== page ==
Energy models provide essential quantitative insights into the 21st Century challenges of decarbonisation, energy security and cost-effectiveness. Models provide the integrating language that assists energy policy makers to make improved decisions under conditions of pervasive uncertainty. Whole systems energy modelling also has a central role in helping industrial and wider stakeholders assess future energy technologies and infrastructures, and the potential role of societal and behavioural change.
Despite this fundamental underpinning role, the UK has not had a national strategic energy modelling activity. Models have been developed on a fragmented, reactive and ad-hoc basis, with a critical shortfall in the continuity of funding to develop new models, retain human capacity, and link modelling frameworks in innovative ways to answer new research questions. The whole systems energy modelling (wholeSEM) consortium is explicitly designed to enable the UK to make an internationally leading research impact in this critical area, and hence to provide cutting-edge transparent quantitative analysis to underpin public and private energy systems decision making. Following a rigorous selection process, the wholeSEM consortium encapsulates leading and interdisciplinary UK capacity in quantitative whole systems energy research.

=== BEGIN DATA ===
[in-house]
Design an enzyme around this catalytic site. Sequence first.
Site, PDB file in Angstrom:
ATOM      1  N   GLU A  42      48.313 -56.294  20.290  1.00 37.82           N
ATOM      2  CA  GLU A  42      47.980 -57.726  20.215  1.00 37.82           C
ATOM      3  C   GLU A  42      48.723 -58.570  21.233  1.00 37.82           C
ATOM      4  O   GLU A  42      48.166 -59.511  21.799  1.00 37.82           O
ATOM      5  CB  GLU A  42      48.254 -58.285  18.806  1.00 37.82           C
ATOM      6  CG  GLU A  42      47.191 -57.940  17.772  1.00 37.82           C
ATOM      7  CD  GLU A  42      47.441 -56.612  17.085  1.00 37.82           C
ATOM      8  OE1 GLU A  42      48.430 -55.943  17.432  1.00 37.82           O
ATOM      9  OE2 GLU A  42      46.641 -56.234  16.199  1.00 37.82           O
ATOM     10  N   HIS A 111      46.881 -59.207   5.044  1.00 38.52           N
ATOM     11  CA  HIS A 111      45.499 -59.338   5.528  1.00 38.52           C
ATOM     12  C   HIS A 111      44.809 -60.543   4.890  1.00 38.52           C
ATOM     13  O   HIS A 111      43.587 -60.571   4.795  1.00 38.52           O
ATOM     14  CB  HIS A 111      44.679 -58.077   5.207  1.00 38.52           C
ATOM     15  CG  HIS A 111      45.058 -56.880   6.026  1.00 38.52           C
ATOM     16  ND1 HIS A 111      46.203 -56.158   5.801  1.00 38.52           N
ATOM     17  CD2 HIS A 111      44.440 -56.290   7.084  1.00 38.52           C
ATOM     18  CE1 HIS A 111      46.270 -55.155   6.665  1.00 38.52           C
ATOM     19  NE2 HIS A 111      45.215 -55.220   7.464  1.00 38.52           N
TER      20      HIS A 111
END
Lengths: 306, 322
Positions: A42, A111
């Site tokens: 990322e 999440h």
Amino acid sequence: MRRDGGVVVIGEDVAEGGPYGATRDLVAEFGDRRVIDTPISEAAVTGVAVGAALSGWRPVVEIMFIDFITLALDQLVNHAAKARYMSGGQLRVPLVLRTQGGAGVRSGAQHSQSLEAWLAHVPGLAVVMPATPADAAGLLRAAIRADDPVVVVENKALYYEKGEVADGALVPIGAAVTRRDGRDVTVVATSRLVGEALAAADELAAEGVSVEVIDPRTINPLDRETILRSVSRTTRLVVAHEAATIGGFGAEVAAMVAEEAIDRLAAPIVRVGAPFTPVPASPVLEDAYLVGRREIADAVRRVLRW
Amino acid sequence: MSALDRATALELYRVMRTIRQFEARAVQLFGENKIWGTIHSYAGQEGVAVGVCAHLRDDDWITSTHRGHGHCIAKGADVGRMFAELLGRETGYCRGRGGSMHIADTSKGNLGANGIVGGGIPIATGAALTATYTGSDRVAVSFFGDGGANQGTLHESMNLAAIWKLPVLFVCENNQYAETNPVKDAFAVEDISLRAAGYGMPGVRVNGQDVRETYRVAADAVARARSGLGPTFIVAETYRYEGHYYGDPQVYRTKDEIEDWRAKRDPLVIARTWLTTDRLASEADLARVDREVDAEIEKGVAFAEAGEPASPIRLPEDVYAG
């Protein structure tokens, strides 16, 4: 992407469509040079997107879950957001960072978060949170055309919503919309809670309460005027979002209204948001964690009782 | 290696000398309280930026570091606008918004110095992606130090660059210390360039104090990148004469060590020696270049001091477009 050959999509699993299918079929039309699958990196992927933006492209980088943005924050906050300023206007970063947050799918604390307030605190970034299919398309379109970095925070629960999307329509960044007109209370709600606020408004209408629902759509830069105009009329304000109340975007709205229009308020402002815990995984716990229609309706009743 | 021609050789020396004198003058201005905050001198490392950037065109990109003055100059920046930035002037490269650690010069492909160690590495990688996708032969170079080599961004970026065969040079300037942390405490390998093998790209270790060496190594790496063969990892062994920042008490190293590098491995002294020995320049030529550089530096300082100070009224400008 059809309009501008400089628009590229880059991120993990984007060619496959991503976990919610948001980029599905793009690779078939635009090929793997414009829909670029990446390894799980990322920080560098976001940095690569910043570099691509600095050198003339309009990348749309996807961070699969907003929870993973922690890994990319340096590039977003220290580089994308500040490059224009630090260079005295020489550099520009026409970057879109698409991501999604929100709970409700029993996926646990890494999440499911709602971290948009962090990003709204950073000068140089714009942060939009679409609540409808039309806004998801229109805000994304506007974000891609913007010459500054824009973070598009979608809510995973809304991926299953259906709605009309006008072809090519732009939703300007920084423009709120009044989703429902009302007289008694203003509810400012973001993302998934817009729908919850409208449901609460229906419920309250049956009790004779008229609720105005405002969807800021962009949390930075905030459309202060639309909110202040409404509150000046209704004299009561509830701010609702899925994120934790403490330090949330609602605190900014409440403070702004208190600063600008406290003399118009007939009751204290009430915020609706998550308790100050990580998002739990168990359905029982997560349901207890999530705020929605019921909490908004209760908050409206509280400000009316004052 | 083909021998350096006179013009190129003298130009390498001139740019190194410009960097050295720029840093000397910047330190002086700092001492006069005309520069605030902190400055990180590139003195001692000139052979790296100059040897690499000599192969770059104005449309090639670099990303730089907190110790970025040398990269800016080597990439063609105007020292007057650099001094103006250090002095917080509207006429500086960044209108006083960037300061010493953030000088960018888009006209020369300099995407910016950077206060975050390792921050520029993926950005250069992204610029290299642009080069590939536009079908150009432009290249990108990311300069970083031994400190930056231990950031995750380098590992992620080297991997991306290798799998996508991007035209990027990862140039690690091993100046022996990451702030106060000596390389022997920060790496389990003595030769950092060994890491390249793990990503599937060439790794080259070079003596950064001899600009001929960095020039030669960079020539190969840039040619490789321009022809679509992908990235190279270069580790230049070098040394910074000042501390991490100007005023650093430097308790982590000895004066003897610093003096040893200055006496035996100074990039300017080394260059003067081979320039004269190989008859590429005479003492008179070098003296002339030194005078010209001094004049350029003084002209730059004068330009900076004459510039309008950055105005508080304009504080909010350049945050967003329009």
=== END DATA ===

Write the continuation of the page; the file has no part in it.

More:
The key aims of the interdisciplinary wholeSEM consortium are to:
The wholeSEM consortium will prioritise on key modelling areas of high relevance to interdisciplinary energy systems. Internationally leading research will focus on:
The consortium will employ extensive integration mechanisms to link and apply interdisciplinary models to key energy policy problems. This will take place across the conceptualisation and development of innovative modelling approaches, model construction, and through an integrated set of use-cases.
The WholeSEM project is supported by the Engineering and Physical Sciences Research Council (EPSRC), United Kingdom.
Project Consortium: University College London (lead), Cambridge, Imperial, and Surrey